Final recommendation on screening for depression in children and adolescents

Recommendation could help psychologists collaborate with pediatricians.

The U.S. Preventive Services Task Force published a final recommendation statement Feb. 8 on screening for major depressive disorder (MDD) in children and adolescents. The American Psychological Association is a partner of the task force, and has previously submitted comments advocating for the inclusion of psychological services in recommendation statements, such as tobacco cessation.

The task force recommended screening adolescents ages 12 to 18 for MDD. Screening should be implemented with adequate systems in place to ensure accurate diagnosis, effective treatment and appropriate follow-up. The task force found that there was not enough evidence to assess the balance of benefits and harms of screening for MDD in children 11 years old and younger, and calls for more research on screening for and treating depression in this age group.

MDD is a serious form of depression that can affect a young person’s performance at school or work and their interactions with family and friends. MDD in youth often goes undiagnosed, and is associated with an increased risk of suicide and depression in adulthood.

“This recommendation could help psychologists start conversations with pediatricians and primary care physicians in their area about partnering to assist with screening and brief interventions or referrals for depression treatment,” says Associate Executive Director for Practice Research and Policy Lynn Bufka, PhD.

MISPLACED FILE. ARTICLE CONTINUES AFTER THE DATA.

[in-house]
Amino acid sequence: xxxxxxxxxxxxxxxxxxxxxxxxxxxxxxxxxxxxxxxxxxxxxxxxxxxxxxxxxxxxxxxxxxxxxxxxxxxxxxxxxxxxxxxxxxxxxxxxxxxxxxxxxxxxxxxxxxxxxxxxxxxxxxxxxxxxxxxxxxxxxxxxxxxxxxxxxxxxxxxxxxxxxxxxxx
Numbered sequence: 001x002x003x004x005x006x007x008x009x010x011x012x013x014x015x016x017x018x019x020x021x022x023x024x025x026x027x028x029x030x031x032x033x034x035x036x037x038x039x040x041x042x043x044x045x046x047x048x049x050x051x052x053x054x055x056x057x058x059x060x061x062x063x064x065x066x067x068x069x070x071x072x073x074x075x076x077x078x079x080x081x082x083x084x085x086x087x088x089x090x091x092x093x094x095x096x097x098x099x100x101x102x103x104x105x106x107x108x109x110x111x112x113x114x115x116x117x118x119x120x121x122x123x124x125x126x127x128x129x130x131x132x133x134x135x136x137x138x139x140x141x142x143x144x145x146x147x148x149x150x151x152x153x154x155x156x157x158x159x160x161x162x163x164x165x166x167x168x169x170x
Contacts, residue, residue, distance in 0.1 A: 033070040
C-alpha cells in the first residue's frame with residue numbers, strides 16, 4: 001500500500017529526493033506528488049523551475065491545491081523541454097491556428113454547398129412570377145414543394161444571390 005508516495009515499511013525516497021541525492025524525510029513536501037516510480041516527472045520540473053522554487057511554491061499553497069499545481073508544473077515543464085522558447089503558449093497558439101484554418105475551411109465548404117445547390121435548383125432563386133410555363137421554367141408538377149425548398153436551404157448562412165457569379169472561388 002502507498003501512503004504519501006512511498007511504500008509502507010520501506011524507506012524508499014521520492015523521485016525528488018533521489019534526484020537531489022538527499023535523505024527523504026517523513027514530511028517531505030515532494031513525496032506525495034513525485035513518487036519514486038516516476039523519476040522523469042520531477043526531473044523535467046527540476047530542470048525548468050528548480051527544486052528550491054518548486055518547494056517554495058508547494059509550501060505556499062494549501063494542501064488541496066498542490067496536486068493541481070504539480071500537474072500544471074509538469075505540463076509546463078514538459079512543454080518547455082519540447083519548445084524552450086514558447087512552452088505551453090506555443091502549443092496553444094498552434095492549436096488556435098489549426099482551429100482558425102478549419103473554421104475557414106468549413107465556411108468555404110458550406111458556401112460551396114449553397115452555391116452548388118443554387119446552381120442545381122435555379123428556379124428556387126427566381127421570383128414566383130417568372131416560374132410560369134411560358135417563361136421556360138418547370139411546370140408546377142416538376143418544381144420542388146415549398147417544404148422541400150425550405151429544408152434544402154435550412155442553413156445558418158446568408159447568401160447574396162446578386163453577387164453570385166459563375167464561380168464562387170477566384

The task force’s recommendation has been published online in the Annals of Internal Medicine and Pediatrics, as well as on the task force website. A fact sheet that explains the recommendation statement in plain language is also available. A draft version of this recommendation was available for public comment in September 2015.

The task force is an independent, volunteer panel of national experts in prevention and evidence-based medicine that works to improve the health of all Americans by making evidence-based recommendations about clinical preventive services such as screenings, counseling services and preventive medications.